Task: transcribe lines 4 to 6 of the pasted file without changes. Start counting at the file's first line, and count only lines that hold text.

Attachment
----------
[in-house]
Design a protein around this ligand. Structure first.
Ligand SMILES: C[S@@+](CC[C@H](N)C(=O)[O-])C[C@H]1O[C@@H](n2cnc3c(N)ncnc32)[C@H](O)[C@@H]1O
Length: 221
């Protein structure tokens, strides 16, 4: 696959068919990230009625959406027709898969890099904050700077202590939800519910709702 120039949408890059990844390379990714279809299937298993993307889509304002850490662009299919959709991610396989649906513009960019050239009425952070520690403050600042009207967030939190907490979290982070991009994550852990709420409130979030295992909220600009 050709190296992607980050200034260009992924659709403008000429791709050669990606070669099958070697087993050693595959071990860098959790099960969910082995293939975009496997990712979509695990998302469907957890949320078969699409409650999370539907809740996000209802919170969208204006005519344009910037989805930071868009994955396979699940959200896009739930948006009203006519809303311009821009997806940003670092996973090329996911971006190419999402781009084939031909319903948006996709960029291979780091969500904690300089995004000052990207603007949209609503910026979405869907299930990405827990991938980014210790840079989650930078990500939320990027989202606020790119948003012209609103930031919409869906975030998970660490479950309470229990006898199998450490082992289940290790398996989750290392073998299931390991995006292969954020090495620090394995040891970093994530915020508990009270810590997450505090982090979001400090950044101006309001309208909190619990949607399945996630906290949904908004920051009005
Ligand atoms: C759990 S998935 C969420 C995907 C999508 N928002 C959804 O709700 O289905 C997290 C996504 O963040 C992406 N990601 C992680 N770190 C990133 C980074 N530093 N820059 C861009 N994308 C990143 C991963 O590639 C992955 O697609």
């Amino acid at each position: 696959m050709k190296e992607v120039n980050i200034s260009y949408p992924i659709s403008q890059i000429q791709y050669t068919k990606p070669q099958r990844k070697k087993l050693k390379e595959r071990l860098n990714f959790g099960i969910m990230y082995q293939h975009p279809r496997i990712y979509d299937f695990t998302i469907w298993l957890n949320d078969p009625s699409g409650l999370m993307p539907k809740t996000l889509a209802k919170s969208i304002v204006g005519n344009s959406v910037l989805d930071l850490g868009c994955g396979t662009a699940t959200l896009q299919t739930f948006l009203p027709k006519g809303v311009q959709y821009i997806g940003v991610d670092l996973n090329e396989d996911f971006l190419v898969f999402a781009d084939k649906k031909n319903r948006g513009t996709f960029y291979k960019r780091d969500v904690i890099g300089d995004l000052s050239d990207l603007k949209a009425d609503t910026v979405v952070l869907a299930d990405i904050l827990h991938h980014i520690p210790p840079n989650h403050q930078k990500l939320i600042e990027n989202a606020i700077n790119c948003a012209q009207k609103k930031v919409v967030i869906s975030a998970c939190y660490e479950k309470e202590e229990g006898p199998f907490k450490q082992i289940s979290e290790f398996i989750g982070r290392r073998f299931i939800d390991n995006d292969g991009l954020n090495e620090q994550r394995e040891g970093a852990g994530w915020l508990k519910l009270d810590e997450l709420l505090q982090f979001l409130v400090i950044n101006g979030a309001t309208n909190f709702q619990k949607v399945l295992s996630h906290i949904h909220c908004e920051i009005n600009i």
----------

Length: 221
């Protein structure tokens, strides 16, 4: 696959068919990230009625959406027709898969890099904050700077202590939800519910709702 120039949408890059990844390379990714279809299937298993993307889509304002850490662009299919959709991610396989649906513009960019050239009425952070520690403050600042009207967030939190907490979290982070991009994550852990709420409130979030295992909220600009 050709190296992607980050200034260009992924659709403008000429791709050669990606070669099958070697087993050693595959071990860098959790099960969910082995293939975009496997990712979509695990998302469907957890949320078969699409409650999370539907809740996000209802919170969208204006005519344009910037989805930071868009994955396979699940959200896009739930948006009203006519809303311009821009997806940003670092996973090329996911971006190419999402781009084939031909319903948006996709960029291979780091969500904690300089995004000052990207603007949209609503910026979405869907299930990405827990991938980014210790840079989650930078990500939320990027989202606020790119948003012209609103930031919409869906975030998970660490479950309470229990006898199998450490082992289940290790398996989750290392073998299931390991995006292969954020090495620090394995040891970093994530915020508990009270810590997450505090982090979001400090950044101006309001309208909190619990949607399945996630906290949904908004920051009005
Ligand atoms: C759990 S998935 C969420 C995907 C999508 N928002 C959804 O709700 O289905 C997290 C996504 O963040 C992406 N990601 C992680 N770190 C990133 C980074 N530093 N820059 C861009 N994308 C990143 C991963 O590639 C992955 O697609």